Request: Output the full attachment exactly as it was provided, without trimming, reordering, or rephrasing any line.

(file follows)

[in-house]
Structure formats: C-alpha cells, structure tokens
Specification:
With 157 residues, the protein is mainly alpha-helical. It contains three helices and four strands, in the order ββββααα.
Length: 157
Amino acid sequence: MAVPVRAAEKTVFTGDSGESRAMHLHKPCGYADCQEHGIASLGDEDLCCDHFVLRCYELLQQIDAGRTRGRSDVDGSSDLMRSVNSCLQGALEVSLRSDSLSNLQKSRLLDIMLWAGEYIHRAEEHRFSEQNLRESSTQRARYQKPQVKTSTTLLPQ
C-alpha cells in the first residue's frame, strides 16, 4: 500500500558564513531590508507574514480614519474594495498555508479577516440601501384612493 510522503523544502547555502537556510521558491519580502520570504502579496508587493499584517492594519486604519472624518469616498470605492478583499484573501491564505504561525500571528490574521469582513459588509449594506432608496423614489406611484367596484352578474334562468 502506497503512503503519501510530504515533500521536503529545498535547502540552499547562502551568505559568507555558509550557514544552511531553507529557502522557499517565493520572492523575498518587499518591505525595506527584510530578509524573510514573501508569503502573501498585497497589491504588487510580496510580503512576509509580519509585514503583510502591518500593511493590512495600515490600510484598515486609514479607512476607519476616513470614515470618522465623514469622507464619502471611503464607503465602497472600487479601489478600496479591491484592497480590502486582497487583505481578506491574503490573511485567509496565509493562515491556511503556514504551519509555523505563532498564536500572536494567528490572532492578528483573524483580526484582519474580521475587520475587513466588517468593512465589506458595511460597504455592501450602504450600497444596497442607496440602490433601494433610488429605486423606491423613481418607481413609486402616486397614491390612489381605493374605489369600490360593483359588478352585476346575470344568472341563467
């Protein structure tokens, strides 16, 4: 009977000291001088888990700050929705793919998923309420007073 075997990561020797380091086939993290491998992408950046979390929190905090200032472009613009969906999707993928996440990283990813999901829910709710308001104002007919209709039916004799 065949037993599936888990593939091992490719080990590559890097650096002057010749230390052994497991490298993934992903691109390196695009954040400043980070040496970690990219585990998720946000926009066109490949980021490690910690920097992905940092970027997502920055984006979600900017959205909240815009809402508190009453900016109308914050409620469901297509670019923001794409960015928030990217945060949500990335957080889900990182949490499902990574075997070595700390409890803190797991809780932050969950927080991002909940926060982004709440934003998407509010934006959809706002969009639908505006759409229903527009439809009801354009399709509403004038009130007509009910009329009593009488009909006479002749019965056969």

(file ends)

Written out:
[in-house]
Structure formats: C-alpha cells, structure tokens
Specification:
With 157 residues, the protein is mainly alpha-helical. It contains three helices and four strands, in the order ββββααα.
Length: 157
Amino acid sequence: MAVPVRAAEKTVFTGDSGESRAMHLHKPCGYADCQEHGIASLGDEDLCCDHFVLRCYELLQQIDAGRTRGRSDVDGSSDLMRSVNSCLQGALEVSLRSDSLSNLQKSRLLDIMLWAGEYIHRAEEHRFSEQNLRESSTQRARYQKPQVKTSTTLLPQ
C-alpha cells in the first residue's frame, strides 16, 4: 500500500558564513531590508507574514480614519474594495498555508479577516440601501384612493 510522503523544502547555502537556510521558491519580502520570504502579496508587493499584517492594519486604519472624518469616498470605492478583499484573501491564505504561525500571528490574521469582513459588509449594506432608496423614489406611484367596484352578474334562468 502506497503512503503519501510530504515533500521536503529545498535547502540552499547562502551568505559568507555558509550557514544552511531553507529557502522557499517565493520572492523575498518587499518591505525595506527584510530578509524573510514573501508569503502573501498585497497589491504588487510580496510580503512576509509580519509585514503583510502591518500593511493590512495600515490600510484598515486609514479607512476607519476616513470614515470618522465623514469622507464619502471611503464607503465602497472600487479601489478600496479591491484592497480590502486582497487583505481578506491574503490573511485567509496565509493562515491556511503556514504551519509555523505563532498564536500572536494567528490572532492578528483573524483580526484582519474580521475587520475587513466588517468593512465589506458595511460597504455592501450602504450600497444596497442607496440602490433601494433610488429605486423606491423613481418607481413609486402616486397614491390612489381605493374605489369600490360593483359588478352585476346575470344568472341563467
């Protein structure tokens, strides 16, 4: 009977000291001088888990700050929705793919998923309420007073 075997990561020797380091086939993290491998992408950046979390929190905090200032472009613009969906999707993928996440990283990813999901829910709710308001104002007919209709039916004799 065949037993599936888990593939091992490719080990590559890097650096002057010749230390052994497991490298993934992903691109390196695009954040400043980070040496970690990219585990998720946000926009066109490949980021490690910690920097992905940092970027997502920055984006979600900017959205909240815009809402508190009453900016109308914050409620469901297509670019923001794409960015928030990217945060949500990335957080889900990182949490499902990574075997070595700390409890803190797991809780932050969950927080991002909940926060982004709440934003998407509010934006959809706002969009639908505006759409229903527009439809009801354009399709509403004038009130007509009910009329009593009488009909006479002749019965056969």